Reproclaiming the Everlasting Gospel
I have wondered for some time how to properly understand the story told in Genesis 2-3 of Adam and Eve's disobedience. While I still don't completely grasp it, I felt moved to share some recent thoughts on its meaning.
Although I have heard the story taken as an account of the creation of humankind, I believe it is too inconsistent with our knowledge of archaeology and paleontology to be a literally true record. Rather, I see it as an allegory or parable that portrays a truth about the human condition.
Another way the story could be interpreted is as an indictment of human curiosity. It might appear that God is forbidding Adam and Eve to seek after knowledge at all. Since history shows that most of human progress comes from our drive to explore and understand our world, this might seem to say that such progress is the result of disobedience--a troubling idea at best.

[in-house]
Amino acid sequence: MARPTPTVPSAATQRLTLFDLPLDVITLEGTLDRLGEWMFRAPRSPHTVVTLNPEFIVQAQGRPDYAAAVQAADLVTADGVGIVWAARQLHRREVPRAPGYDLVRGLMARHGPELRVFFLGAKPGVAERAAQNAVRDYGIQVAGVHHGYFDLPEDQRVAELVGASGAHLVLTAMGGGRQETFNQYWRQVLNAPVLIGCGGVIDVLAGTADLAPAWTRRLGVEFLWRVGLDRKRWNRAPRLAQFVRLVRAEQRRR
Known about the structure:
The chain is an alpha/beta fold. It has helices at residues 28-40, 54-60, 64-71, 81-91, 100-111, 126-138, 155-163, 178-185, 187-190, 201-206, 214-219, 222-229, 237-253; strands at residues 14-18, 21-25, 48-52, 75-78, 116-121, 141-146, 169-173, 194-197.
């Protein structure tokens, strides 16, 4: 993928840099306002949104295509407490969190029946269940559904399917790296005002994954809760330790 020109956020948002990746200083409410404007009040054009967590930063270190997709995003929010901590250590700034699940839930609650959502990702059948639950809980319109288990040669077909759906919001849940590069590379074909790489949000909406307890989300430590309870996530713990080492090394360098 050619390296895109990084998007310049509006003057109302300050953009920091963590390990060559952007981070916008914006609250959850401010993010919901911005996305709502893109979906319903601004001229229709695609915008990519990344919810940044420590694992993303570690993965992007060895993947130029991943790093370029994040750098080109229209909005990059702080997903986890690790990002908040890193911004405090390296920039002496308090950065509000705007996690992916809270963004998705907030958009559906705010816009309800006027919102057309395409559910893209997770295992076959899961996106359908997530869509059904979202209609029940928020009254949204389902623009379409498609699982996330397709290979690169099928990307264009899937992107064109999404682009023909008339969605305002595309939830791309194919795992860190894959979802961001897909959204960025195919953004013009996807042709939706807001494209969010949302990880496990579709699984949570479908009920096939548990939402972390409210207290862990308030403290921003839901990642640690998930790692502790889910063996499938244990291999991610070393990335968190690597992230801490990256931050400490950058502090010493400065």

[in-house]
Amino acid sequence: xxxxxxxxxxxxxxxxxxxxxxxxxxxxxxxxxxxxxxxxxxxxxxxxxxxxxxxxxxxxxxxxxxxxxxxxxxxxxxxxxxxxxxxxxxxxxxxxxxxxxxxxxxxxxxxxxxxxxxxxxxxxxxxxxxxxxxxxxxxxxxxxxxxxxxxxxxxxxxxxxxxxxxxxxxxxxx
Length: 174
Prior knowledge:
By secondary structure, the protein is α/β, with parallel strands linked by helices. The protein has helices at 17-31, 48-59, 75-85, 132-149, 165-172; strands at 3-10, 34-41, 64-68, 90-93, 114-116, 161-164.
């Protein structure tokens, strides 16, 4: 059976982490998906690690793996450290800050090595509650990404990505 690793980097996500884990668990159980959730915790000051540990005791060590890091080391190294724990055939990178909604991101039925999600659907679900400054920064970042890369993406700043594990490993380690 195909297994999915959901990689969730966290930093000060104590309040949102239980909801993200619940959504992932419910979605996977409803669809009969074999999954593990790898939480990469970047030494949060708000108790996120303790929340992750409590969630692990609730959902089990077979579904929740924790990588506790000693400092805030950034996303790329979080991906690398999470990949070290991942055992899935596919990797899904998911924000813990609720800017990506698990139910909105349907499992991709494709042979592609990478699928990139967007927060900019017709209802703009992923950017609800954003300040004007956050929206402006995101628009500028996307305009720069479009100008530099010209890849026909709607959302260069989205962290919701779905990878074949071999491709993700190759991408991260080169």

I believe the key to the story is the serpent's promise: "Of course you will not die...your eyes will be opened and you will be like gods, knowing both good and evil." (Genesis 3: 4-5) By these words, the serpent tempts Eve to believe that she can take an action (eating the forbidden fruit) that will let her take control of her own life, instead of trusting it to God. She herself, so the temptation says, will have open eyes and a knowledge of all things. Instead, the immediate result of the disobedience was to be cast out from the Garden of Eden.
Many passages in the Bible show that Christians are not called to live in ignorance. "You shall know the truth," said Jesus, "and the truth shall make you free." (John 8:32). It seems to me that Eve's sin was not seeking knowledge as such, but listening to the serpent's promises and rejecting God as Lord over His creation. This is a struggle each of us encounters in our own lives and circumstances, and its stakes are clearly shown by the Genesis allegory.
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